A World War II veteran from Rockland was able to share the spotlight with the president of the United States April 1 in Portland.

“This is the best day of my life,” Leroy Peasley said as he took the stage to lead the assembled in the Pledge of Allegiance to the flag.

Thousands gathered at the Portland Expo Center to hear a speech by President Barack Obama on health-care reform. In addition to those gathered inside to hear the president, many supporters, volunteers and spectators and a few protesters lined the sidewalks up and down Park Avenue in Portland. Many waved signs and chanted slogans including the one from Obama’s campaign: “Yes we can!”

Peasley, 87, took the stage before the president did and thanked Obama for his efforts to help veterans. Peasley served in the  Marine Corps in the Pacific Theater during World War II. He fought in Guam and his division was held in reserve at Iwo Jima (see related story).

The Rockland veteran received a warm reception and strong applause from those gathered.

When the president spoke to the crowd, he said he knew many families and small-business owners were struggling.

“I want you to know that we are working every day to spur job creation and turn this economy around,” he said. “And that’s why we worked so hard over the last year to lift one of the biggest burdens facing middle-class families and small-business owners: the crushing cost of health care in America.”

He also addressed his critics.

“… If you turn on the news, you’ll see that those same folks are still shouting about how the world will end because we passed this bill,” the president said. “This is not an exaggeration. Leaders of the Republican Party have actually been calling the passage of this bill ‘Armageddon.’ They say it’s the end of freedom as we know it. So after I signed the bill, I looked up to see if there were any asteroids headed our way. I checked to see if any cracks had opened up in the ground. But you know what? It turned out to be a pretty nice day.”

Obama pointed out some local examples of health-care needs.

“And let me talk about what this means for a small-business owner like Bill Milliken,” he said. “Bill owns Market House Coffee and the Maine Beer and Beverage Corporation, both here in Portland. He wants to give his part-time employees health insurance and more hours, but he can’t afford to do both. This tax credit will make it easier for an employer like Bill who wants to do the right thing by his workers.”

“… Starting this year, tens of thousands of uninsured Americans with a pre-existing condition and parents whose children have a pre-existing condition will finally be able to purchase the coverage they need,” the president said. “Last week, I met David Gallagher, whose daughter, Lauren, had written me a letter last year. When Lauren’s mom lost her job, their entire family lost their health insurance. When they tried to get new insurance, David was denied coverage because he once had a complication-free hernia surgery. Lauren’s been worried sick about what would happen if her father became ill or injured. But now, because of this reform, David Gallagher can finally have access to health insurance again. That starts this year.”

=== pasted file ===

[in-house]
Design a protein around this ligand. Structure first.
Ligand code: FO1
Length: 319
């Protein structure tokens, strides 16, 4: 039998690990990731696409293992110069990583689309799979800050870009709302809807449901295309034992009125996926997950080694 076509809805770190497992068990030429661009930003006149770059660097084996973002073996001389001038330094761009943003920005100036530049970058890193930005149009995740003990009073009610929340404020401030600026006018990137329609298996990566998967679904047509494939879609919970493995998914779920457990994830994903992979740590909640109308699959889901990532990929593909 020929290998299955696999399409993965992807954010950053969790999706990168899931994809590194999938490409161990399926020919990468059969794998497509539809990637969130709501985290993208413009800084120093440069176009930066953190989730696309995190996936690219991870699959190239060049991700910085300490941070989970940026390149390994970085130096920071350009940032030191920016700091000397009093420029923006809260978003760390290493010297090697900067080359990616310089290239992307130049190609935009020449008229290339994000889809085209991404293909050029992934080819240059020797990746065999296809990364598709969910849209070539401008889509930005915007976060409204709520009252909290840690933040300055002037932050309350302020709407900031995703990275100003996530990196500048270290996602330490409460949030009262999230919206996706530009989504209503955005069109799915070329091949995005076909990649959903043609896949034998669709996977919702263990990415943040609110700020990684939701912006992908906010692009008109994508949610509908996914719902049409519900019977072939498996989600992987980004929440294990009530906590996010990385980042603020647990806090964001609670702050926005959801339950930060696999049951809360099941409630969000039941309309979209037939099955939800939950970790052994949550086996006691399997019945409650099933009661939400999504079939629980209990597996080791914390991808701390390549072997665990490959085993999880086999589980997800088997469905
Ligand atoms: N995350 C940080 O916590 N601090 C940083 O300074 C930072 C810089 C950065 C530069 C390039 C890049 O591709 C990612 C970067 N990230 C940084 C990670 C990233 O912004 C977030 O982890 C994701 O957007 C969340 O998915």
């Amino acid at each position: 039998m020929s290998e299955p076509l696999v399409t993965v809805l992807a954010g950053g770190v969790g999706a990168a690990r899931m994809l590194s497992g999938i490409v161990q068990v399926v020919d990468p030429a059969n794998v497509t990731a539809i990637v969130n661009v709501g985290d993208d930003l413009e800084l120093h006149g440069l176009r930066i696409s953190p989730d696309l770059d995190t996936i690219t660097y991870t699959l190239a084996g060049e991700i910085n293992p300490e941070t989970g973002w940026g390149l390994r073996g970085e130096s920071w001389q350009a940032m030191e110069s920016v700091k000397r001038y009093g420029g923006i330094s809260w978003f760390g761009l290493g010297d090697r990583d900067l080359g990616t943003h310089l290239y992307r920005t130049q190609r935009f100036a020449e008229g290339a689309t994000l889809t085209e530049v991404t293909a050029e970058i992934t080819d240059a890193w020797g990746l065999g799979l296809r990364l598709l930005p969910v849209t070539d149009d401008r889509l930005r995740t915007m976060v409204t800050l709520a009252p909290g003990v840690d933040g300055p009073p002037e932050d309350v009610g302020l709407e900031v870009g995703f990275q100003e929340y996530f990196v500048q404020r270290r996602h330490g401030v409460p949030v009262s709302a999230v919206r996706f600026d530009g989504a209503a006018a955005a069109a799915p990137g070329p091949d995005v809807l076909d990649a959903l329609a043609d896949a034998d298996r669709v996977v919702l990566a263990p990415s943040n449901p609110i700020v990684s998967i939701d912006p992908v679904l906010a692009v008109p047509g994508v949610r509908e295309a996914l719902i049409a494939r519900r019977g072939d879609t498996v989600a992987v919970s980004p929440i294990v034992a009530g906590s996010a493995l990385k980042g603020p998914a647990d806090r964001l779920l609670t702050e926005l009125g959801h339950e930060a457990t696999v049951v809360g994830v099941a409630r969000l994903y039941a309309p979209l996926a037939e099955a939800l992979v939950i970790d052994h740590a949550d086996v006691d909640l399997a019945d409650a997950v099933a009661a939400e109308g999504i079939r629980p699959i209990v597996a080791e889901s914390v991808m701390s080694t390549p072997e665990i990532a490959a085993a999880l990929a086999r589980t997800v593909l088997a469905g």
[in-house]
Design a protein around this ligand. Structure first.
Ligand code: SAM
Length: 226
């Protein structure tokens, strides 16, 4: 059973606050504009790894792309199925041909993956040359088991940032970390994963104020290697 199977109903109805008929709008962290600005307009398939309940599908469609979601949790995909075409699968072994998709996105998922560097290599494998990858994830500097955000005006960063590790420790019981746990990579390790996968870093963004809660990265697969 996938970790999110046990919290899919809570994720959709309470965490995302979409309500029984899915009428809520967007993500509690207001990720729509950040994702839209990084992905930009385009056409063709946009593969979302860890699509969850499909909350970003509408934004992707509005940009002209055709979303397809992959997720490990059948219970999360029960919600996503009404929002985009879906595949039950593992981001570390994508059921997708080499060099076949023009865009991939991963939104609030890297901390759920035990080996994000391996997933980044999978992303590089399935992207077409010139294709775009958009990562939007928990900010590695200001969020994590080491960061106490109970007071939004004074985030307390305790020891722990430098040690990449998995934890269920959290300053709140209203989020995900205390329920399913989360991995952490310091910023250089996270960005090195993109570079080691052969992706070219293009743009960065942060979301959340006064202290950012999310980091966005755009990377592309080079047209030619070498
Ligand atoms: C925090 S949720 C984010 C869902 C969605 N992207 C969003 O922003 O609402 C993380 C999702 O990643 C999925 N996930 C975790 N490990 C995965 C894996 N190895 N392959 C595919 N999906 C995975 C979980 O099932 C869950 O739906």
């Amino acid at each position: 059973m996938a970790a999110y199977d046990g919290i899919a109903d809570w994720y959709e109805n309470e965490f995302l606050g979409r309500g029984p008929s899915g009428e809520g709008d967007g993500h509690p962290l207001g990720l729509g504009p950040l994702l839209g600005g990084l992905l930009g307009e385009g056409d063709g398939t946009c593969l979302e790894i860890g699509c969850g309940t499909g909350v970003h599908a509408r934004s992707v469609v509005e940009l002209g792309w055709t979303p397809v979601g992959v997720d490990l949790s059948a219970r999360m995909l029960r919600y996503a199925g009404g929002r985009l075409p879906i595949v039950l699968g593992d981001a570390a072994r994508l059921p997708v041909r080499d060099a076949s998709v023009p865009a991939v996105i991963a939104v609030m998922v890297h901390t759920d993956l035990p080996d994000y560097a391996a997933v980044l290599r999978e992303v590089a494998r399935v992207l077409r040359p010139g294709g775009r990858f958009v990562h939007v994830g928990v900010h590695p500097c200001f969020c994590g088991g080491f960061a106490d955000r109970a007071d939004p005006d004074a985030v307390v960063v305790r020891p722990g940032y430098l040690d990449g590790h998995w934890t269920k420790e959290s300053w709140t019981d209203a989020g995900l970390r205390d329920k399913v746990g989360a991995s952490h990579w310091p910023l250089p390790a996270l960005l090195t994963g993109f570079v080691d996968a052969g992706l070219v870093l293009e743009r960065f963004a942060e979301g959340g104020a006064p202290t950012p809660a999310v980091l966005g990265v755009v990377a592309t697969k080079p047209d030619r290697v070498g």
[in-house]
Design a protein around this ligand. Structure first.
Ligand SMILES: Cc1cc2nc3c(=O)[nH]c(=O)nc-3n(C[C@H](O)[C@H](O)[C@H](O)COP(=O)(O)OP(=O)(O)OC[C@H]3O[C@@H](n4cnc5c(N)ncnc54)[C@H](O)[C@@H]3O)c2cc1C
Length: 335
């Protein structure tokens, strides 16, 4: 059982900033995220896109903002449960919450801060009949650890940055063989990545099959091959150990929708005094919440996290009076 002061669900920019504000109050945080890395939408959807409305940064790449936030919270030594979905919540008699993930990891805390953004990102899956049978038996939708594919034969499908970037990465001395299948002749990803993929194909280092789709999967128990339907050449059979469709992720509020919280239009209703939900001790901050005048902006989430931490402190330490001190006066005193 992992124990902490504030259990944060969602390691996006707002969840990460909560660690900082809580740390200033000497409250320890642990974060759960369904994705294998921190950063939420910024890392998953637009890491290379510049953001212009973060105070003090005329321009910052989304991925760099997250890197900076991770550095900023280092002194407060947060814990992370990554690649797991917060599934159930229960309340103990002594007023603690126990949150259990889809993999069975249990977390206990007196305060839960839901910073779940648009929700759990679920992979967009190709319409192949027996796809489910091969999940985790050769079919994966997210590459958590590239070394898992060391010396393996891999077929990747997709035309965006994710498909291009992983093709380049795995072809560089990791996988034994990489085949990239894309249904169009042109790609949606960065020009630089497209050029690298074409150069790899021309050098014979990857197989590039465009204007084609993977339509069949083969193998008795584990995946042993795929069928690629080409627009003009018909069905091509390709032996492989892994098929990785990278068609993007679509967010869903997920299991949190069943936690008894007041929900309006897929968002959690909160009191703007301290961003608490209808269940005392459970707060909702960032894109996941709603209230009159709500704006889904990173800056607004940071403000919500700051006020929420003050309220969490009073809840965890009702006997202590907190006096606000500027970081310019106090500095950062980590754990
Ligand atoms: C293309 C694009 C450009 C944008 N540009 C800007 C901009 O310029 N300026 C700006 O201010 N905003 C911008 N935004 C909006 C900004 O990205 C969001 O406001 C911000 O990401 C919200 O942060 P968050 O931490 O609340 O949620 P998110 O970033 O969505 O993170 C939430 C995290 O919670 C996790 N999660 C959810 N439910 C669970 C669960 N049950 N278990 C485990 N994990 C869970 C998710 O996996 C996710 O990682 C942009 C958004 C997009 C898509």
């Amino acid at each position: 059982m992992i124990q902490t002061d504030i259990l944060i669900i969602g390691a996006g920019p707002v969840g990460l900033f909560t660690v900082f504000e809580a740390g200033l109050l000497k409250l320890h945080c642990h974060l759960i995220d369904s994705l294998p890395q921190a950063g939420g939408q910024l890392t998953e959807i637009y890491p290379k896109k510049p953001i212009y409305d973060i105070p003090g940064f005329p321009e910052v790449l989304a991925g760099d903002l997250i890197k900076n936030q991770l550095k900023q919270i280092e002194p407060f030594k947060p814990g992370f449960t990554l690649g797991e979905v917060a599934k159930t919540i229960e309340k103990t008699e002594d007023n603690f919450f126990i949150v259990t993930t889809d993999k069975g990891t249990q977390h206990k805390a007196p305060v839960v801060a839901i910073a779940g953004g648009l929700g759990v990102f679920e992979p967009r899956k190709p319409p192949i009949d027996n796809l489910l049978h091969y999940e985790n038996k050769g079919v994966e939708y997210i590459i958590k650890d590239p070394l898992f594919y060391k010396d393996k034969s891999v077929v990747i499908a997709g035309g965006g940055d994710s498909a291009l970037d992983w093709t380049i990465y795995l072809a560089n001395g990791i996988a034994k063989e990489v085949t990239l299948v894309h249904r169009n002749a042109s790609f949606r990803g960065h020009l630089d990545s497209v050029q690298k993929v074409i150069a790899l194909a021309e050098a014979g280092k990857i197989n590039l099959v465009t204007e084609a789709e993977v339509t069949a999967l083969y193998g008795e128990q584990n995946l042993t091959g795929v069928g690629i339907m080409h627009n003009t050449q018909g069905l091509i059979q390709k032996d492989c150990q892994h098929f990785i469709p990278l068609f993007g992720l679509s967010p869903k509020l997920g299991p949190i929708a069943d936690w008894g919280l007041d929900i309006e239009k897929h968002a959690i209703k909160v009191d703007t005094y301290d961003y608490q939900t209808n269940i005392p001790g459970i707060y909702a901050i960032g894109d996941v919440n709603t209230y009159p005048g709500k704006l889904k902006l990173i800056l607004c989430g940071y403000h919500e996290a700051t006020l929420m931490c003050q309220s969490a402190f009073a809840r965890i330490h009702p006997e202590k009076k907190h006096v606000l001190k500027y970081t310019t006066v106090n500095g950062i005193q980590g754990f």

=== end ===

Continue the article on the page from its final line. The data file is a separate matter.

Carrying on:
“… There was a story in a local paper this week about Theresa D’Andrea,” Obama said. “Theresa’s husband passed away recently from cancer, and before he died, he hit the lifetime cap on his insurance. As a result, Theresa not only has to cope with the loss of her husband, but with $60,000 in medical bills — and this is after she already spent all of their retirement savings on medical care. Because of this reform, a situation like Theresa’s will never happen again in the United States of America — starting this year.”

The president also addressed the pledge by his political opponents to repeal the new health-care legislation.

“This is the reform that some folks in Washington are still hollering about,” he said. “And now that it’s passed, they’re already promising to repeal it. They’re actually going to run on a platform of repeal in November. Well, I say go for it. If these congressmen in Washington want to come here to Maine and tell small business owners that they plan to take away their tax credits and essentially raise their taxes, be my guest. If they want to look Lauren Gallagher in the eye and tell her they plan to take away her father’s ability to get health insurance, that’s their right. If they want to tell people like Theresa D’Andrea that they could once again face a lifetime of debt if they lose a family member, they can run on that platform. If they want to have that fight, I welcome that fight. Because I don’t believe the American people are going to put the insurance industry back in the driver’s seat. We’ve been there already and we’re not going back. This country is ready to move forward.”

The president told those gathered to thank Congresswoman Chellie Pingree, D-Maine, and Congressman Mike Michaud, D-Maine, for supporting the bill.

Following his remarks, the president went down into the audience and shook hands with many of those in attendance while music was played in the building and people applauded.

Many had stood in line at length not only April 1, but the day before, to be able to see the president. Dan Bolita of Waldoboro said he waited in line for hours the day before to get a ticket to see Obama.

Click for more photos from President Obama’s visit to Maine April 1.